Physical and mental multimorbidity status were measured separately and were derived from counts of health conditions recorded in primary care records (LDN) up to the date of data extraction (March 2021). An adapted list of conditions were classified based on previous work on multimorbidity (Barnett et al., Reference Barnett, Mercer, Norbury, Watt, Wyke and Guthrie2012) – a total of 32 physical (e.g. cancer, diabetes) and 10 mental (e.g. schizophrenia, bipolar disorder) conditions were included (see online Supplementary Table S2 for a detailed list of conditions). In the current study, physical and mental multimorbidity status measures were defined using a cut-off of two or more conditions for each study participant (Johnston, Crilly, Black, Prescott, & Mercer, Reference Johnston, Crilly, Black, Prescott and Mercer2019). We created multi-categorical physical and mental multimorbidity variables that grouped participants into; 0 or 1 condition (no multimorbidity); 2 conditions; 3 conditions; 4 or more conditions.
Physical and mental multimorbidity clusters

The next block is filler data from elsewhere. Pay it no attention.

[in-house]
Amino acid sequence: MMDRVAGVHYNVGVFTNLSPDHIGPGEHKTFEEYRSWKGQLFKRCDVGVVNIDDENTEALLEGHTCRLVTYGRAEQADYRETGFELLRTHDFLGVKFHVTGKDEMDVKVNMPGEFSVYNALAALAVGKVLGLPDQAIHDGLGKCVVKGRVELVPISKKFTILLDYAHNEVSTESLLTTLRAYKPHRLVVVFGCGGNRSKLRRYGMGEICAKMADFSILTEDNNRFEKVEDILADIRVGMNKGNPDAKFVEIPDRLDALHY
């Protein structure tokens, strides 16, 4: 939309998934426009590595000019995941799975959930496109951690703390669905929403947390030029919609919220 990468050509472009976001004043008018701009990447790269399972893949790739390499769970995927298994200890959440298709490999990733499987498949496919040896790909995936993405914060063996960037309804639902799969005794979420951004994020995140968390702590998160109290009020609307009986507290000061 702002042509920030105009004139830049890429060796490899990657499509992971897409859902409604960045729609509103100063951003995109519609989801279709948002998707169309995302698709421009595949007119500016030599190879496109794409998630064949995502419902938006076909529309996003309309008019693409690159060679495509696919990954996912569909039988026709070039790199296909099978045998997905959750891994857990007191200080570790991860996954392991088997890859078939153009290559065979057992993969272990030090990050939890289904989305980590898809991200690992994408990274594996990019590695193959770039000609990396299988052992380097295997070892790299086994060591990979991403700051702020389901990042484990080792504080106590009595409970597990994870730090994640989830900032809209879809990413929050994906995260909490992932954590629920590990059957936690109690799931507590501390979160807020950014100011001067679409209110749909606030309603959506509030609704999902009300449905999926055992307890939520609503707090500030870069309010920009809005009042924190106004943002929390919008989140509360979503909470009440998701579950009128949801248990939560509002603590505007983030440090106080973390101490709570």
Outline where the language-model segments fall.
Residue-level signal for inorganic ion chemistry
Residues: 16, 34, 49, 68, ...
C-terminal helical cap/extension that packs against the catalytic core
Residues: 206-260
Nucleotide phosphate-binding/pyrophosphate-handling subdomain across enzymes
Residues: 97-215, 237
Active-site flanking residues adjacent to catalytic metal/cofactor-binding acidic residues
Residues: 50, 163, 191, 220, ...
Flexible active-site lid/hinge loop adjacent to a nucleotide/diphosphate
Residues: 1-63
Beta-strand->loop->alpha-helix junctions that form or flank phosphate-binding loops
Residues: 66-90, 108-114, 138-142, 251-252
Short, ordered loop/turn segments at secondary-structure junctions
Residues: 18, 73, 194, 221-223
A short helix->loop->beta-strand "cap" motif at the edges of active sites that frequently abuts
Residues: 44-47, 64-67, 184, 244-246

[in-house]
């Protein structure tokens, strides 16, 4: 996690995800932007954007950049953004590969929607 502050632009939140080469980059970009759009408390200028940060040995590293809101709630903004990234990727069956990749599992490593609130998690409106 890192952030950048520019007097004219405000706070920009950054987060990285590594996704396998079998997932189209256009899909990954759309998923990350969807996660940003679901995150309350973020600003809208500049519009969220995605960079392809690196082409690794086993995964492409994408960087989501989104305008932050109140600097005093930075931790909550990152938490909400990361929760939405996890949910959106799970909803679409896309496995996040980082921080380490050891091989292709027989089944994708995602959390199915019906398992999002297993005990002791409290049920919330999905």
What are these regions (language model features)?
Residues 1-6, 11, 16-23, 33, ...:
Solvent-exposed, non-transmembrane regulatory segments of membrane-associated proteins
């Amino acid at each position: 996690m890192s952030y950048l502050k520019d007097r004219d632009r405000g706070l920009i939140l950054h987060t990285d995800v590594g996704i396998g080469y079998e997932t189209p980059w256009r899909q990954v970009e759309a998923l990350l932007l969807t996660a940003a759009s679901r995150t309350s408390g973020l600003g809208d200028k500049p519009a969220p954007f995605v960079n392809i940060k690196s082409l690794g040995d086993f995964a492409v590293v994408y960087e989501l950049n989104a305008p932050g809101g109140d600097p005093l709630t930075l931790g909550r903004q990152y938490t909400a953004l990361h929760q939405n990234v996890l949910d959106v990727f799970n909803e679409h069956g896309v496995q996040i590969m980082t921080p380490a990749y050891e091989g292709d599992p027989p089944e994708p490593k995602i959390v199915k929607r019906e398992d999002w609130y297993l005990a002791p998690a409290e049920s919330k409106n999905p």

We used agglomerative hierarchical cluster analysis in those with physical and mental multimorbidity to identify distinct subgroups of participants with similar physical and mental disease combinations respectively. We first performed an average linkage cluster analysis based on Jaccard's similarity coefficient and then performed k-means cluster analysis using the Calinski-Harabasz index (elbow method) to identify the optimal number of clusters (Collerton et al., Reference Collerton, Jagger, Yadegarfar, Davies, Parker, Robinson and Kirkwood2016). To characterise each cluster, we compared the prevalence of each condition within a specific cluster to its prevalence in the total sample with multimorbidity. We assigned a condition to a cluster when it had ‘higher than average prevalence’, i.e., when the prevalence in the cluster was ⩾20% higher than the prevalence in the total sample (i.e. the observed/expected (O/E) ratio was 1.2:1 or higher) (Collerton et al., Reference Collerton, Jagger, Yadegarfar, Davies, Parker, Robinson and Kirkwood2016).